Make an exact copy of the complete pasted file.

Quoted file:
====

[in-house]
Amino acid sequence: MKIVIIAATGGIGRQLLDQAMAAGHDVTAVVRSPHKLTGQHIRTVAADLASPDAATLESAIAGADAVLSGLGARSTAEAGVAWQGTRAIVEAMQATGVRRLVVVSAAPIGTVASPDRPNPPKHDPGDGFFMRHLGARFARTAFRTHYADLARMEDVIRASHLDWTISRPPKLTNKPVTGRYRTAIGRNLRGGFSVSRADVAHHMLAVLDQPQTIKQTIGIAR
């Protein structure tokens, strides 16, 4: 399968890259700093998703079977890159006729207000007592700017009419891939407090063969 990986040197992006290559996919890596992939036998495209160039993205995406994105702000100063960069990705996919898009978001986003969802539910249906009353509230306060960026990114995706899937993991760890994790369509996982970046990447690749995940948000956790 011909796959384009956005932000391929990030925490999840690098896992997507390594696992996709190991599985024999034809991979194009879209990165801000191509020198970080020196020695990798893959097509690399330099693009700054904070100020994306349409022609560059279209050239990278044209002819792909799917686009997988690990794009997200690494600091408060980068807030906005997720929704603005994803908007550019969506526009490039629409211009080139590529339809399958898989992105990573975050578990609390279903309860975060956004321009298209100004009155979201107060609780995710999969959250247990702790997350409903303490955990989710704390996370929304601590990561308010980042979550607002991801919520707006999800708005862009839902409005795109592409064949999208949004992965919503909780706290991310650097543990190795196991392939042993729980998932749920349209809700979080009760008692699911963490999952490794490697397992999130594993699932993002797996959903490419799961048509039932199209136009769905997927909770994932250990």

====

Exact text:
[in-house]
Amino acid sequence: MKIVIIAATGGIGRQLLDQAMAAGHDVTAVVRSPHKLTGQHIRTVAADLASPDAATLESAIAGADAVLSGLGARSTAEAGVAWQGTRAIVEAMQATGVRRLVVVSAAPIGTVASPDRPNPPKHDPGDGFFMRHLGARFARTAFRTHYADLARMEDVIRASHLDWTISRPPKLTNKPVTGRYRTAIGRNLRGGFSVSRADVAHHMLAVLDQPQTIKQTIGIAR
């Protein structure tokens, strides 16, 4: 399968890259700093998703079977890159006729207000007592700017009419891939407090063969 990986040197992006290559996919890596992939036998495209160039993205995406994105702000100063960069990705996919898009978001986003969802539910249906009353509230306060960026990114995706899937993991760890994790369509996982970046990447690749995940948000956790 011909796959384009956005932000391929990030925490999840690098896992997507390594696992996709190991599985024999034809991979194009879209990165801000191509020198970080020196020695990798893959097509690399330099693009700054904070100020994306349409022609560059279209050239990278044209002819792909799917686009997988690990794009997200690494600091408060980068807030906005997720929704603005994803908007550019969506526009490039629409211009080139590529339809399958898989992105990573975050578990609390279903309860975060956004321009298209100004009155979201107060609780995710999969959250247990702790997350409903303490955990989710704390996370929304601590990561308010980042979550607002991801919520707006999800708005862009839902409005795109592409064949999208949004992965919503909780706290991310650097543990190795196991392939042993729980998932749920349209809700979080009760008692699911963490999952490794490697397992999130594993699932993002797996959903490419799961048509039932199209136009769905997927909770994932250990």